SP leader Emile Roemer: ‘Whoever is attached to freedom, must have the courage to defend freedom’

14 January 2015

SP leader Emile Roemer: ‘Whoever is attached to freedom, must have the courage to defend freedom’

Foto: SP

‘Our democracy cannot exist without the freedom to think and to believe, to write and to draw what you will. Whoever is attached to freedom, must have the courage to defend freedom. Combatting terrorism cannot be achieved without secret services which work well. Isolate the extremists, arrest the jihadist recruiters and prevent jihadist youths from leaving the Netherlands.’ So said SP leader Emile Roemer in today’s Parliamentary debate on the Paris attacks.

Below is a complete translation of Emile Roemer’s contribution to that debate:


The Netherlands has been shocked by the brutal and cowardly attacks in Paris.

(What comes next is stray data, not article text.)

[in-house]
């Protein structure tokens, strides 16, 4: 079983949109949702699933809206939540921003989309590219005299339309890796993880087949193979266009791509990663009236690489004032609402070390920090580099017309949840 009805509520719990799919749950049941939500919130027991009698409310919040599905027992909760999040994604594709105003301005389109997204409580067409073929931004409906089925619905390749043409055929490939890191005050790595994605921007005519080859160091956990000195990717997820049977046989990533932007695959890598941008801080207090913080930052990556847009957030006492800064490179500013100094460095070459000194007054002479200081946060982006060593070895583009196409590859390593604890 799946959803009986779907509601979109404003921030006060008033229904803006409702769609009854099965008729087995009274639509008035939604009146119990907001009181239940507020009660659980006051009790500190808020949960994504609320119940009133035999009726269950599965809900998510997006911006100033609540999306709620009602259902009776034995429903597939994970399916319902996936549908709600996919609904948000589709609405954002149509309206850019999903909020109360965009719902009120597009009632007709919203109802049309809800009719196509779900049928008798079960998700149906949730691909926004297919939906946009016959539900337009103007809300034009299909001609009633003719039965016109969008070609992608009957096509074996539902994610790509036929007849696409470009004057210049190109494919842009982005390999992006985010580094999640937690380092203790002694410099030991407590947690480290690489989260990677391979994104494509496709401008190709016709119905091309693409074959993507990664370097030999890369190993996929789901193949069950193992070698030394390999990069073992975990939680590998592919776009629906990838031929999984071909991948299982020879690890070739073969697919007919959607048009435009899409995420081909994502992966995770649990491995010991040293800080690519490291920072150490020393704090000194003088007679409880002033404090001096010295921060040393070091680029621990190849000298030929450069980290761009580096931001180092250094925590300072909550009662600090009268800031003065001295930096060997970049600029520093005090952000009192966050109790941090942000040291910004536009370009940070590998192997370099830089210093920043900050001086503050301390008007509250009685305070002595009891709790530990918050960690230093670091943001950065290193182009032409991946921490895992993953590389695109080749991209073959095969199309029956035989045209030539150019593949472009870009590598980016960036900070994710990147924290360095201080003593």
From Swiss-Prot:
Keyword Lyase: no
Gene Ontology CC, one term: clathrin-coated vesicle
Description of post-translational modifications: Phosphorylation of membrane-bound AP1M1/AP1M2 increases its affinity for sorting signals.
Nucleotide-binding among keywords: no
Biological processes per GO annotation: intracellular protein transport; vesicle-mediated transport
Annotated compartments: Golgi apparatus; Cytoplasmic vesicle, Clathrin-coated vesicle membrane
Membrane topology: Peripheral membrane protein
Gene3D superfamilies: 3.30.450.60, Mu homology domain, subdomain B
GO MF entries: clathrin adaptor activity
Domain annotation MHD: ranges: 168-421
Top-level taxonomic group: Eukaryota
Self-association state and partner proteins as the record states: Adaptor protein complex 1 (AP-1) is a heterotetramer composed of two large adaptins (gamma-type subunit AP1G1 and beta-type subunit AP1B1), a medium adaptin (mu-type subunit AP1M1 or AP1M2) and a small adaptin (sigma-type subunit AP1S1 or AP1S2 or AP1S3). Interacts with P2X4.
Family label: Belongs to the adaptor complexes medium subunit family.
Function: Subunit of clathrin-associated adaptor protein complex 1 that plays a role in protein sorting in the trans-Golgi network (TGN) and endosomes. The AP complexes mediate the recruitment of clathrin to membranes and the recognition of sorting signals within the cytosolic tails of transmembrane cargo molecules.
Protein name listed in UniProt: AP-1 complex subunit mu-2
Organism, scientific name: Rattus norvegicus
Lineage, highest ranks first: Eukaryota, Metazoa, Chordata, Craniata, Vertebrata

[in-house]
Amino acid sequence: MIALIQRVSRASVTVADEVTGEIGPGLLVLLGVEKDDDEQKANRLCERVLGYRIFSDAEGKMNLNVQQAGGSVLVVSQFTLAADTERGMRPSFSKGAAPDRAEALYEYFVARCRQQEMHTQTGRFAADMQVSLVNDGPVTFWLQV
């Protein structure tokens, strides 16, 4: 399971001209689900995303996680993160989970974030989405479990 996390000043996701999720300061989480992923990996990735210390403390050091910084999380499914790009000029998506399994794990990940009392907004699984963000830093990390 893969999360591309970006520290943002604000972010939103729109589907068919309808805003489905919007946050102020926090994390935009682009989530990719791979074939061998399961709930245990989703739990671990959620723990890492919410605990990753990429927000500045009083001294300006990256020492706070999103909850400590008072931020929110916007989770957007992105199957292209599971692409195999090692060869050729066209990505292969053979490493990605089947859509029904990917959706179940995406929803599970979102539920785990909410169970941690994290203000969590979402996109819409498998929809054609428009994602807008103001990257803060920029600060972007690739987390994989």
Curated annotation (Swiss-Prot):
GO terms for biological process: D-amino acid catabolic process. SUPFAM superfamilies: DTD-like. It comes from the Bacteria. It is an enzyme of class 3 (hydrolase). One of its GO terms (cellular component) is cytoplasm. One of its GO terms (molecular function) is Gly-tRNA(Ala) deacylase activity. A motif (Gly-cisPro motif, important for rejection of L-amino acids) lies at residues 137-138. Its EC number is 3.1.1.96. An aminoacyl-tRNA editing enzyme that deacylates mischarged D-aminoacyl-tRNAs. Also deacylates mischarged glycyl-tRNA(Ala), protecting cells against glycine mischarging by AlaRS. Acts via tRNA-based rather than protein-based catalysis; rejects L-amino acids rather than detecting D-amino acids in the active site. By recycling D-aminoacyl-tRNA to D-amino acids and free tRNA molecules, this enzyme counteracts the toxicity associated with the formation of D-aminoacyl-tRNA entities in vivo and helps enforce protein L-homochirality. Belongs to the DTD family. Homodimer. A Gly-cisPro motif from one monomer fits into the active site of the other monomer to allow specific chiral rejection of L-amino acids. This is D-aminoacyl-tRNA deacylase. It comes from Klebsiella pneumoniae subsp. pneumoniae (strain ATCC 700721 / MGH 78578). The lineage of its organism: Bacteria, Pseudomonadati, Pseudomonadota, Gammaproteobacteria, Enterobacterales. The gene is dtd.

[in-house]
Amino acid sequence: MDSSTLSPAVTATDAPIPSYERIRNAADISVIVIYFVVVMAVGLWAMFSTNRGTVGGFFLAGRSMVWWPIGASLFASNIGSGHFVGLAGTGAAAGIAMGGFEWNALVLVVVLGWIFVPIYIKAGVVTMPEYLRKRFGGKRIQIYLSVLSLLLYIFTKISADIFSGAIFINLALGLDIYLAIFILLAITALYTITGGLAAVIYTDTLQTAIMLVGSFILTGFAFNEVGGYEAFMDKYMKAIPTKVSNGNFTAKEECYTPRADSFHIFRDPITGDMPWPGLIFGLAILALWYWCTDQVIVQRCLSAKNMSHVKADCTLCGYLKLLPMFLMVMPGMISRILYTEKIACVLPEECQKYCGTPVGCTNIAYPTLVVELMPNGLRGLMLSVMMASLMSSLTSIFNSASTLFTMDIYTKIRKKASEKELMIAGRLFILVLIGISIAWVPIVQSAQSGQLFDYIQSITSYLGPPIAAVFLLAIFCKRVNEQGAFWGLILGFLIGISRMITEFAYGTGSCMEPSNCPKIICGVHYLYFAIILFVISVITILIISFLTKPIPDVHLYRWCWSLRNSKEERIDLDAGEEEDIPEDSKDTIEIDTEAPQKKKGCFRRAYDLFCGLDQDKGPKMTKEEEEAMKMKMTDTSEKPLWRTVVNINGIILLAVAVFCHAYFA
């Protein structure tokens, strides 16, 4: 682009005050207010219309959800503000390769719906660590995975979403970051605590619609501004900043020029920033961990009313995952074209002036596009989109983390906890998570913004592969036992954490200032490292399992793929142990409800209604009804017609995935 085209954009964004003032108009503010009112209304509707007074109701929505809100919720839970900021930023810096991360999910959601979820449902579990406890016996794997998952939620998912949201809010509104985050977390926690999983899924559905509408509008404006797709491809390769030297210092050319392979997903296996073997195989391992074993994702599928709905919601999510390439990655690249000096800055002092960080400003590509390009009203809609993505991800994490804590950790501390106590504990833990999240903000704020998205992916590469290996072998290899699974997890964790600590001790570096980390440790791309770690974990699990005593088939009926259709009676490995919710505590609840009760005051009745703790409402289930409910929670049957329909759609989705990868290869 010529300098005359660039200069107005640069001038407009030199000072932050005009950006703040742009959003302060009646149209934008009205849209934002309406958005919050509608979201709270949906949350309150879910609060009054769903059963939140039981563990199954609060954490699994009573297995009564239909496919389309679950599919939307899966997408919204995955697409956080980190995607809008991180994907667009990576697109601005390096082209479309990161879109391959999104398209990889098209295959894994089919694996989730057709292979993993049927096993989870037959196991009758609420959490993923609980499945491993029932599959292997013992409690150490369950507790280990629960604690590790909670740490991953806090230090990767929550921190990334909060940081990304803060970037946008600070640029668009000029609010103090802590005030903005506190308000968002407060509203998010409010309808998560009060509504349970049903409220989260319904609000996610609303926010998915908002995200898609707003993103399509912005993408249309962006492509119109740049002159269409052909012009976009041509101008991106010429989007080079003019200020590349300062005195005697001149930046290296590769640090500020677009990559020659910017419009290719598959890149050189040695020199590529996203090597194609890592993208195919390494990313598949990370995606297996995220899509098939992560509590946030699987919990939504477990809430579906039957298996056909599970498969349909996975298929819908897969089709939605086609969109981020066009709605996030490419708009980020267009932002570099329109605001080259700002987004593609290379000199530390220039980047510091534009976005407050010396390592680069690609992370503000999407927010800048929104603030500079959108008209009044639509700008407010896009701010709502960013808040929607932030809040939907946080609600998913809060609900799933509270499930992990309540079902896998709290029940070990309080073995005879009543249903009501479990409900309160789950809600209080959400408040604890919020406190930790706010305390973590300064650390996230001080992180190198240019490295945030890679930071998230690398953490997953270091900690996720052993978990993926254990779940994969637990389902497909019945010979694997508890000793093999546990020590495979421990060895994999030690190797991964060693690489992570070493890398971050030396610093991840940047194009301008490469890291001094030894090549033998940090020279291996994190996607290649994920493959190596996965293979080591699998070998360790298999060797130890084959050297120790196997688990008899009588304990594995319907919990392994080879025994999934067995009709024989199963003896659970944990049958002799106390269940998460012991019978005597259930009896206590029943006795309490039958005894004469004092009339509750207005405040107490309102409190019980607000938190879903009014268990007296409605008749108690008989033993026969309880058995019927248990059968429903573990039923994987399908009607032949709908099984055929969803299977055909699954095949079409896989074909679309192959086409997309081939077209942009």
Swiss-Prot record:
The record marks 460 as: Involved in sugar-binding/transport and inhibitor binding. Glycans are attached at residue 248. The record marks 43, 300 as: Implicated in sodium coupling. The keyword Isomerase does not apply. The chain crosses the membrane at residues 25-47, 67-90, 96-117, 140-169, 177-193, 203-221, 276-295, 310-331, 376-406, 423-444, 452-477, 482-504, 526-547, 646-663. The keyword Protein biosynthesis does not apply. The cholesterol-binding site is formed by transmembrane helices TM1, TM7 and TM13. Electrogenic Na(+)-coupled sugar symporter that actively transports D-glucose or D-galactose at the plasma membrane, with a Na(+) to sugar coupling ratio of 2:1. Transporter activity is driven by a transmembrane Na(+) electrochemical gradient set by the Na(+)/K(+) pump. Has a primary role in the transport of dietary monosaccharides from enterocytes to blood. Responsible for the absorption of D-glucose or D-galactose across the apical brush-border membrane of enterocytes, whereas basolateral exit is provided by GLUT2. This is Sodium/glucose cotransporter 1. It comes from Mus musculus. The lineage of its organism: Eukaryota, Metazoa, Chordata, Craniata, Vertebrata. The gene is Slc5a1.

People fear that there will be attacks in the Netherlands and ask themselves how we can fight back, now that terror has come so close?

But people also fear that the conflicts between different groups within the population are growing, between Muslims and non-Muslims, that people of good will could be set one against the other.

On the day that the news of the terrible murders in Paris broke, I was in New York. There, I stood in front of the Statue of Liberty. ‘Freedom lights up the world’, as the French described the statue when they gave it to the US in 1886.

The attack on the satirical weekly Charlie Hebdo touches the core of our society, of our freedom and our values.

"Our democracy cannot exist without the freedom to think and to believe, to write and to draw what you will. Whoever is attached to freedom, must have the courage to defend freedom."

How does the Prime Minister now feel when he looks back on the cuts in the AIVD (the internal security service – translator’s note), as a result of which a great deal of knowledge and experience has been lost? Can he assure us now that every effort will be made to rebuild sufficient capacity and skills?

Cooperation between security services must be improved. How can it be that the terrorists in Paris could travel to France via Turkey, without being arrested? Why was this crucial informationnot shared between security services in France and Turkey?